EPA Moves to Thwart Huge Alaskan Copper and Gold Mine

WASHINGTON, DC - SEPTEMBER 20: Environmental Protection Agency Administrator Gina McCarthy addresses a breakfast event at the National Press Club September 20, 2013 in Washington, DC. McCarthy announced that the EPA is proposing regulations to limit greenhouse gas emissions, which requires future coal burning power plants to decrease 40 percent of their emission. (Photo by Alex Wong/Getty Images)
Ben Geman
July 18, 2014, 7:08 a.m.

The En­vir­on­ment­al Pro­tec­tion Agency made clear Fri­day it doesn’t plan to al­low a huge cop­per and gold min­ing pro­ject in south­w­est Alaska’s Bris­tol Bay wa­ter­shed.

The agency, in a pro­posed Clean Wa­ter Act find­ing, said large-scale min­ing of what’s known as the Pebble de­pos­it could “res­ult in sig­ni­fic­ant and un­ac­cept­able ad­verse ef­fects on eco­lo­gic­ally im­port­ant streams, wet­lands, lakes, and ponds, and the fish­ery areas they sup­port.” Bris­tol Bay is home to the world’s largest sock­eye sal­mon run.

“The sci­ence is clear that min­ing the Pebble de­pos­it would cause ir­re­vers­ible dam­age to one of the world’s last in­tact sal­mon eco­sys­tems,” said Den­nis McLer­ran, who heads EPA’s Alaskan and Pa­cific North­w­est op­er­a­tions, in a state­ment.

EPA’s ac­tion is sure to in­flame GOP al­leg­a­tions of over­reach. EPA crit­ics say the agency should not “pree­mpt­ively” thwart North­ern Dyn­asty Min­er­als’ pro­ject. The de­velopers of the open-pit mine have not yet sub­mit­ted a form­al plan and ap­plic­a­tion.

But EPA’s draft find­ing Fri­day said there would be sub­stan­tial harm even from a mine that’s much smal­ler than what de­velopers, in fil­ings with se­cur­it­ies reg­u­lat­ors, have signaled they’re hop­ing to build.

“Based on mine pro­ponents’ pro­spect­us, EPA es­tim­ates the mine would re­quire ex­cav­a­tion of the largest open pit ever con­struc­ted in North Amer­ica and would cov­er nearly sev­en square miles at a max­im­um depth of over 3/4 of a mile,” EPA said in a sum­mary of its find­ings, not­ing for com­par­is­on that the Grand Canyon’s max­im­um depth is one mile. Mine waste would “fill a ma­jor foot­ball sta­di­um up to 3,900 times,” EPA said.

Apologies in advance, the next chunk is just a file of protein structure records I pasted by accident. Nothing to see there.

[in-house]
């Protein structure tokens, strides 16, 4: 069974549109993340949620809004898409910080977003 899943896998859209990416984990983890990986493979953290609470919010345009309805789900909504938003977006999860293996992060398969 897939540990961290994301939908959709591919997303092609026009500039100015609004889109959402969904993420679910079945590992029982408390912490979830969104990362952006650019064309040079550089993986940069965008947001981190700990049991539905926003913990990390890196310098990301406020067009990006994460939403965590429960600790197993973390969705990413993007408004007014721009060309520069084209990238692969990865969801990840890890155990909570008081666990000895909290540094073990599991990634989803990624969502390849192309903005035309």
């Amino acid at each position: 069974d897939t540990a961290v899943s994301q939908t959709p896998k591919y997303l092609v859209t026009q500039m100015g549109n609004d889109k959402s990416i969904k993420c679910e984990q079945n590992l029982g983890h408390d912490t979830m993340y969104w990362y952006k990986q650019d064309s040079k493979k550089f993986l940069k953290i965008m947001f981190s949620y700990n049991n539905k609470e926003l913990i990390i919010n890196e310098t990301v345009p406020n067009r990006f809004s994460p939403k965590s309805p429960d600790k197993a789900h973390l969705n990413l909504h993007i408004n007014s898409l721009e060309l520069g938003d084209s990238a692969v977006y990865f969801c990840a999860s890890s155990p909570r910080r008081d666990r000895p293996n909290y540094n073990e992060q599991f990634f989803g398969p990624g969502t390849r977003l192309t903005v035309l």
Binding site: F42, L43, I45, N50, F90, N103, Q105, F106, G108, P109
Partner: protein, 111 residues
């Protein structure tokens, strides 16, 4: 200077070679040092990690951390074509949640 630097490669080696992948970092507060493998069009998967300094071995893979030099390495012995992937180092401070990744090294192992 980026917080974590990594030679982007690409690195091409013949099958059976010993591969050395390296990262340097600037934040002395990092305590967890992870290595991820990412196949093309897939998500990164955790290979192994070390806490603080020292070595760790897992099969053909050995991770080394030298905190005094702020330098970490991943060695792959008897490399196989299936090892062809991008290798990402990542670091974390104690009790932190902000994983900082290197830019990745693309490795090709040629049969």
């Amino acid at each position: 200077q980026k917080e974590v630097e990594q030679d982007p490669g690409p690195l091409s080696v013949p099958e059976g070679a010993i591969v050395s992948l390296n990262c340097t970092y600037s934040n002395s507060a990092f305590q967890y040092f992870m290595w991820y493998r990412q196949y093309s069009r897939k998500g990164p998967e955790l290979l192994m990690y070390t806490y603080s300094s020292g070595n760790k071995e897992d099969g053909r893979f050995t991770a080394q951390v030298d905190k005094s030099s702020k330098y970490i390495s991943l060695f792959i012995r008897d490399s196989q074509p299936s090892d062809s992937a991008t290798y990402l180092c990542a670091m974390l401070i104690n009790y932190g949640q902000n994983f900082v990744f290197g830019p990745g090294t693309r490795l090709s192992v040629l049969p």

EPA is pro­pos­ing re­stric­tions on min­ing de­vel­op­ment that would pre­vent the loss of more than five miles of streams that sal­mon use or loss of 1,100 or more acres of wet­lands, lakes, and ponds con­nec­ted with those streams or their trib­u­tar­ies, among oth­er lim­its.

The Pebble Part­ner­ship, the group that’s seek­ing to de­vel­op the mine, in May sued EPA over what it con­tends have been il­leg­al steps to pree­mpt­ively block the pro­ject. Pebble Part­ner­ship CEO Tom Col­li­er, in a state­ment, said he was “out­raged” that EPA took new ac­tion Fri­day “when lit­ig­a­tion on their un­der­ly­ing au­thor­ity to do so is pending in fed­er­al court in Alaska.”

“We will con­tin­ue to fight this un­pre­ced­en­ted ac­tion by the agency, and are con­fid­ent we will pre­vail,” he said.

En­vir­on­ment­al­ists cheered EPA’s ac­tion. “For 10 years, the pro­posed Pebble Mine has cast a cloud of un­cer­tainty on Bris­tol Bay. Today’s an­nounce­ment provides hope that we are near­ing the fin­ish line to pro­tect­ing the world’s most pro­lif­ic sal­mon fish­ery,” said Chris Wood, pres­id­ent and CEO of Trout Un­lim­ited, in a state­ment.

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